Language skills: You will have to speak some German if you wish to come to Germany to find a training place or seek a job as a skilled worker with a vocational qualification. You will also need some German language skills if you are to attend a training course in Germany. For further information on language courses, please click here. Contact person for visa/residence: If you live outside Germany, the German missions abroad are responsible for issuing the necessary visa. The addresses of German institutions in your area can be found on the world map. If you already live in Germany, you need to contact the local Foreigners' Registration Office about residence and visas.
Required German language skills depending on the type of visa
You can use this chart to check whether and which German language skills you need to have to obtain a certain residence title.
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Training period ("Referendariat") is the period of internship for aspiring civil servants, (teaching or legal professions). The term is most commonly used in the teaching or legal professions and the interns are referred to as "Referendarin" (if a woman) or "Referendar" (if a man).
Professional qualifications are the intellectual and social skills required to exercise a given profession.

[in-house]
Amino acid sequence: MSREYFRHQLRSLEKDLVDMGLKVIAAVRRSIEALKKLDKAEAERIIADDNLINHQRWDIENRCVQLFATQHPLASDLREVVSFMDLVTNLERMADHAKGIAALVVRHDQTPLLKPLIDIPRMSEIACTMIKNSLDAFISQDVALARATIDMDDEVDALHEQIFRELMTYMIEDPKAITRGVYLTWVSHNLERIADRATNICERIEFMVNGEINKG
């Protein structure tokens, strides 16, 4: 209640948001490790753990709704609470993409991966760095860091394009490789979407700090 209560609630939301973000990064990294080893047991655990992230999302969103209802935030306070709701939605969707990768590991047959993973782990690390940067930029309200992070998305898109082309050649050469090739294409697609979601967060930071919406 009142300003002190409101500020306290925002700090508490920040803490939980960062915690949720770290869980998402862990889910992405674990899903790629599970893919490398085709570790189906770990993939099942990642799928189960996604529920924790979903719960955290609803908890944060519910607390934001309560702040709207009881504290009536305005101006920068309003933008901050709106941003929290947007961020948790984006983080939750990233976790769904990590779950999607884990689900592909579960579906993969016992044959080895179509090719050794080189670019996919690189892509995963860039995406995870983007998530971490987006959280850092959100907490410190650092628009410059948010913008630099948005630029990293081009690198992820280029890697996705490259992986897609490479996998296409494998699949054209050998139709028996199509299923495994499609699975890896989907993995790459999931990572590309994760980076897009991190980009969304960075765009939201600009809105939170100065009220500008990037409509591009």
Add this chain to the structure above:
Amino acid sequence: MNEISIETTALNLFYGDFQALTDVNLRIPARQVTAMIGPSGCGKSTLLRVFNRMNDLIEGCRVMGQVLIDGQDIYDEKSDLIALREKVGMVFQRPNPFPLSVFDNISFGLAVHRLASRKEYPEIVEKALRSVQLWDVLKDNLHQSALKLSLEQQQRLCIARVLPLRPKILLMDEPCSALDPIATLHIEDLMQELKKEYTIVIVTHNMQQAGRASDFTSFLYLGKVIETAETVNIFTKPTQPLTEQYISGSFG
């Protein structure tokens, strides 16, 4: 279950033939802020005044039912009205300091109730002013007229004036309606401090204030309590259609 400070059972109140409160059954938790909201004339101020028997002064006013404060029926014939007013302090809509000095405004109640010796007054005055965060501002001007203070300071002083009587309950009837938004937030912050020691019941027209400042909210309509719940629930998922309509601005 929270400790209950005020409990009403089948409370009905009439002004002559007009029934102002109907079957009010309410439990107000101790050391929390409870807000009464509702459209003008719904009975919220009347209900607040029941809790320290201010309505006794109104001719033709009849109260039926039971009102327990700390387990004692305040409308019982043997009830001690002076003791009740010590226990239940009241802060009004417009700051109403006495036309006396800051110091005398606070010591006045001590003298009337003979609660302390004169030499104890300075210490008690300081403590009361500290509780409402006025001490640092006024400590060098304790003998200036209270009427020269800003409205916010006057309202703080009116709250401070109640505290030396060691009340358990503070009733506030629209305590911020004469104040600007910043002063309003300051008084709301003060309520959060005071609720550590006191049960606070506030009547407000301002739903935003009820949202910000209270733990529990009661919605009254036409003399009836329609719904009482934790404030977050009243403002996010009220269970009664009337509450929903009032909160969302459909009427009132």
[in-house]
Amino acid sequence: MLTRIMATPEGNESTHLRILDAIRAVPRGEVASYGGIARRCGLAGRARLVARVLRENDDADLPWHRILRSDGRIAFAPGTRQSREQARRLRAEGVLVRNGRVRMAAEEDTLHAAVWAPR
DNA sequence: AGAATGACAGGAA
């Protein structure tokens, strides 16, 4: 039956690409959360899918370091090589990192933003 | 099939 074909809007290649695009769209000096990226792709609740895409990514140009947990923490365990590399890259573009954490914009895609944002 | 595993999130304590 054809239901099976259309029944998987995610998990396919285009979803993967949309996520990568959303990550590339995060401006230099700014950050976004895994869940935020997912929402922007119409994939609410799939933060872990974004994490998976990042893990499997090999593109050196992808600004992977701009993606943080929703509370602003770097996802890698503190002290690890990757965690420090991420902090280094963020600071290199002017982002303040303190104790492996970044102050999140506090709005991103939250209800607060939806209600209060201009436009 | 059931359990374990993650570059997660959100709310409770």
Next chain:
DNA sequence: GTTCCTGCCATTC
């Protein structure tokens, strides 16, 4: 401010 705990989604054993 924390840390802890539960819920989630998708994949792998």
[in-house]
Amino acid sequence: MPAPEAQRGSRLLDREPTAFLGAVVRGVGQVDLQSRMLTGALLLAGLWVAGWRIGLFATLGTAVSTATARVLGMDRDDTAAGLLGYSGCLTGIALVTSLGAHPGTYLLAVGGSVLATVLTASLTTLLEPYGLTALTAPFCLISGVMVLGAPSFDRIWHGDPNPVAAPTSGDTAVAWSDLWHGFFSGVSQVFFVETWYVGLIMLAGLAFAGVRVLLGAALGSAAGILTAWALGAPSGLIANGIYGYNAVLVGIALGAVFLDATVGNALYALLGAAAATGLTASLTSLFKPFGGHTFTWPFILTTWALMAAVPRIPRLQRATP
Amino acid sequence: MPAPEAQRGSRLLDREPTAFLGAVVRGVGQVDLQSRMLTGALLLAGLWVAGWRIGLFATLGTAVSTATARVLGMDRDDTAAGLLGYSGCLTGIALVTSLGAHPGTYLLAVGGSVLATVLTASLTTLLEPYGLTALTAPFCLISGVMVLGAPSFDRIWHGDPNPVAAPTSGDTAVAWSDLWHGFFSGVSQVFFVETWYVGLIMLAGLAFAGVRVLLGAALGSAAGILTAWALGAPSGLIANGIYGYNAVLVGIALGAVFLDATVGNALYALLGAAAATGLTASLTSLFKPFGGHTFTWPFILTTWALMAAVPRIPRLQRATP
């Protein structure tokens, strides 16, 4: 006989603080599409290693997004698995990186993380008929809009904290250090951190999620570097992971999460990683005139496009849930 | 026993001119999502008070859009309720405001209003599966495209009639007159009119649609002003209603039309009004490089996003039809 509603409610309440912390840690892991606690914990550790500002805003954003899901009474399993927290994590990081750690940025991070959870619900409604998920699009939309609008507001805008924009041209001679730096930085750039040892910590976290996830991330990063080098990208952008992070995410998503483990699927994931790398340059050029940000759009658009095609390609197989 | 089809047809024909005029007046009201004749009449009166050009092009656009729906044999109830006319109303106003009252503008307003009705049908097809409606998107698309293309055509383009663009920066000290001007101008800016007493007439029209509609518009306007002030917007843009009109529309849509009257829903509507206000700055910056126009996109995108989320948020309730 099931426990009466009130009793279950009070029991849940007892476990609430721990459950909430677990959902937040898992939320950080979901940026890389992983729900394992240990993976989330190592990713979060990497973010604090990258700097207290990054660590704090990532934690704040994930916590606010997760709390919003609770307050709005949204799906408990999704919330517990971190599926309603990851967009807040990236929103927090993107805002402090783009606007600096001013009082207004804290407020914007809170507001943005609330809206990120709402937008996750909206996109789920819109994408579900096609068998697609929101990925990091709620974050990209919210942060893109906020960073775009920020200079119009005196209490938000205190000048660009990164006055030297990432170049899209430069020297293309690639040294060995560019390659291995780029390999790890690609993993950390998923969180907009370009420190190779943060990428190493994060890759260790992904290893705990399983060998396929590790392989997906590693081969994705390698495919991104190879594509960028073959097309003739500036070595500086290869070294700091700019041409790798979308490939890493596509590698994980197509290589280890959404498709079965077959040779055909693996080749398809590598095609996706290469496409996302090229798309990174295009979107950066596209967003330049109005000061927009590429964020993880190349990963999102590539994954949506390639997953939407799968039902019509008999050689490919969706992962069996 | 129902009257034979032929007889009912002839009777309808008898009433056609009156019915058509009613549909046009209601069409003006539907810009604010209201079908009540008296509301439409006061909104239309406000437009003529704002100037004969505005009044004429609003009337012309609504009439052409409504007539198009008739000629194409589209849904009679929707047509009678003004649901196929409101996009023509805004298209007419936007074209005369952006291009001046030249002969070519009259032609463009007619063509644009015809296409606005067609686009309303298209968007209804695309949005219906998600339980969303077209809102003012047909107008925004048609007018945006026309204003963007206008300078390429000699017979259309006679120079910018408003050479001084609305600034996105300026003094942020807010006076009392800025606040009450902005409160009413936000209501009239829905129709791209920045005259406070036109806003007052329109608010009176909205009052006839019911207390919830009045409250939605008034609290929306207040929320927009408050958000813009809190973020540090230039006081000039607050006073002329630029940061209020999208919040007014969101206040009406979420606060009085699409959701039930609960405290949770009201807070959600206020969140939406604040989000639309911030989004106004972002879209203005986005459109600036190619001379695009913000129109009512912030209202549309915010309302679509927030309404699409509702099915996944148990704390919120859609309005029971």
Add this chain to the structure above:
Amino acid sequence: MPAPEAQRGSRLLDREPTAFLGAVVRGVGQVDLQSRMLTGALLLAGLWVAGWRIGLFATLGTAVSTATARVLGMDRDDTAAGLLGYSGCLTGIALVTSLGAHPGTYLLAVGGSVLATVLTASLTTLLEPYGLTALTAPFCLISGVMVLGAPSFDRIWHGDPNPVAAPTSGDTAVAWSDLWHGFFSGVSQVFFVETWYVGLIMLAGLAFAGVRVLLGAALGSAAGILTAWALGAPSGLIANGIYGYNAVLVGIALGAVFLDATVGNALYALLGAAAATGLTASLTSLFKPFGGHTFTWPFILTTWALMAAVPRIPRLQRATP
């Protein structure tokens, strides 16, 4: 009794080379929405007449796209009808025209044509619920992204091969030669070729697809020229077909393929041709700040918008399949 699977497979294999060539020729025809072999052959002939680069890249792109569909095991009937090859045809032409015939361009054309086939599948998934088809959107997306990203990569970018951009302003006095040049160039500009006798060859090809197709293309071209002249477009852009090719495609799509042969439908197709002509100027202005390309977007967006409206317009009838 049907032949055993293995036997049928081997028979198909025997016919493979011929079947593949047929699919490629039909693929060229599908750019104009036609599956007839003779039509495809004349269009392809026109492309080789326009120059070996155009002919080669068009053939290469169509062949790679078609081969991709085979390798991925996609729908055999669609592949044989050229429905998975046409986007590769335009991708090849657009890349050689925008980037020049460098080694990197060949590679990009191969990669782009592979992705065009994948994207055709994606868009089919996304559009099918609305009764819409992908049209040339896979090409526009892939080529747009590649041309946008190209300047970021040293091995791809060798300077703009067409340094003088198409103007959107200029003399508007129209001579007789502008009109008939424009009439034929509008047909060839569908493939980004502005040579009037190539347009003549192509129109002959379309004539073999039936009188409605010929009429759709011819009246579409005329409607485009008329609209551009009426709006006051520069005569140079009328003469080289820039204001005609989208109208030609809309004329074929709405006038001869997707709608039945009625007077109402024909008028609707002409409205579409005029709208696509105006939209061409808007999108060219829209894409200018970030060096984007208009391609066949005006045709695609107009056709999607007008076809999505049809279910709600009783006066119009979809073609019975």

Common European Framework of Reference for Languages (CEFR)
German: Gemeinsamer Europäischer Referenzrahmen für Sprachen (GER)
The CEFR is a reference tool in working with languages. It was developed by the Council of Europe. The CEFR provides a common ground for the comparability of foreign language skills. It is used in Europe, as well as on other continents.
The Federal Employment Agency (BA) is the point of contact for people and companies on all questions concerning the labour and vocational training market. One of the tasks of the BA is to help people find training posts or employment.
The Immigration Act provides for two titles which govern entry and residence in Germany: the settlement permit (Niederlassungserlaubnis) and the residence permit (Aufenthaltserlaubnis). The residence permit is temporary and is granted for a specific reason, such as gainful employment, training or family reunification, or else for humanitarian, legal or political reasons.